The full review is here.
Suresh Naidu writes:
…let me suggest that if we’re aiming for politically hopeless ideas, open migration is as least as good as the global wealth tax in the short run, and perhaps complementary.One weakness of the book is its focus on the large core economies (the data obviously is better and the wealth is obviously larger). But liberalizing immigration, while not solving the ultimate problem the book diagnoses, can go some of the way by raising growth of both income and population.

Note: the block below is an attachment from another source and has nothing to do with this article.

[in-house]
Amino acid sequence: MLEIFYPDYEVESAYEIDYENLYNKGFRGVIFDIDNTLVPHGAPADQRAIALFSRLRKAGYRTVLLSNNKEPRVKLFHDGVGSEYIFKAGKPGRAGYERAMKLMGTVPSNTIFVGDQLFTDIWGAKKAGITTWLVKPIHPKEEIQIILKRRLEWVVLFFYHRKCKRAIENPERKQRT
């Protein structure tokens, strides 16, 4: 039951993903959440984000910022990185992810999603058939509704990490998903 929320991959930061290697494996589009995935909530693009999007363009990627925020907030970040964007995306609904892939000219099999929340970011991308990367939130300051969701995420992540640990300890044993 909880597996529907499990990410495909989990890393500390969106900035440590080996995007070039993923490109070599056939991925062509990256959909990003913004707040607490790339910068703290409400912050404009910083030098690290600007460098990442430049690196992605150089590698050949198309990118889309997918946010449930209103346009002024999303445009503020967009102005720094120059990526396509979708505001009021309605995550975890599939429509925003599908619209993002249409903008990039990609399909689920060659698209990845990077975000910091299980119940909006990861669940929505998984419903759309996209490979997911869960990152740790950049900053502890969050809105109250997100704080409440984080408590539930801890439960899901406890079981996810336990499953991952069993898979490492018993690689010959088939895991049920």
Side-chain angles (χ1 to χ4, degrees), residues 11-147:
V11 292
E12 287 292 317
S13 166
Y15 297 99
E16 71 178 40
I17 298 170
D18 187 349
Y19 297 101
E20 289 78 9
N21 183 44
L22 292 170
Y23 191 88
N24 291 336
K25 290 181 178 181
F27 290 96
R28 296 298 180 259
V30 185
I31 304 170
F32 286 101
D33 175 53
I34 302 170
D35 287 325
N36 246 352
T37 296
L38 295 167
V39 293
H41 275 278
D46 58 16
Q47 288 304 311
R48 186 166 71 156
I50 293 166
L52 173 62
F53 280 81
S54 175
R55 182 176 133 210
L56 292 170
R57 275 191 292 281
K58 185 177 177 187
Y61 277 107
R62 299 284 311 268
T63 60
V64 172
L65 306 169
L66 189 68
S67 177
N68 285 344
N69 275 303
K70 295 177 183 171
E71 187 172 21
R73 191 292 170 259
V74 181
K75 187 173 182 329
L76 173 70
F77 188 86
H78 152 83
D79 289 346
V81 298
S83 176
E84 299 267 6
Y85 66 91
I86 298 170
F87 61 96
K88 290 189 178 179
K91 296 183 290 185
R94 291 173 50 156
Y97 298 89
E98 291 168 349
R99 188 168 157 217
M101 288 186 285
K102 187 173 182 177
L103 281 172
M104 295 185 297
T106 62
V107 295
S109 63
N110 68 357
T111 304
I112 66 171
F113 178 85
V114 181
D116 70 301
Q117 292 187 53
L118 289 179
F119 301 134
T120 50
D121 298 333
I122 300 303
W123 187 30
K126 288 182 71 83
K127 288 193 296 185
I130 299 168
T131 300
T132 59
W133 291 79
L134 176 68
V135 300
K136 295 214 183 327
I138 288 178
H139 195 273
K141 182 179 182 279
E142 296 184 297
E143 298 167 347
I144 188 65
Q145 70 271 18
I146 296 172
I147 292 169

Maybe, that will likely improve welfare but in an Alvin Hansen model it can make Piketty-like phenomena (I won’t call them problems) more extreme. In any case there are more straightforward remedies. Social Security privatization is another option, if r > g is truly such a likelihood. Yet Piketty and his boosters won’t mention this. By the way, I am opposed to social security privatization — scroll down in that link — but I probably would favor it if it my views were closer to Piketty’s.
Here is a somewhat biting paragraph on Piketty and policy from my Foreign Affairs review (use “open private window” in Firefox, if need be):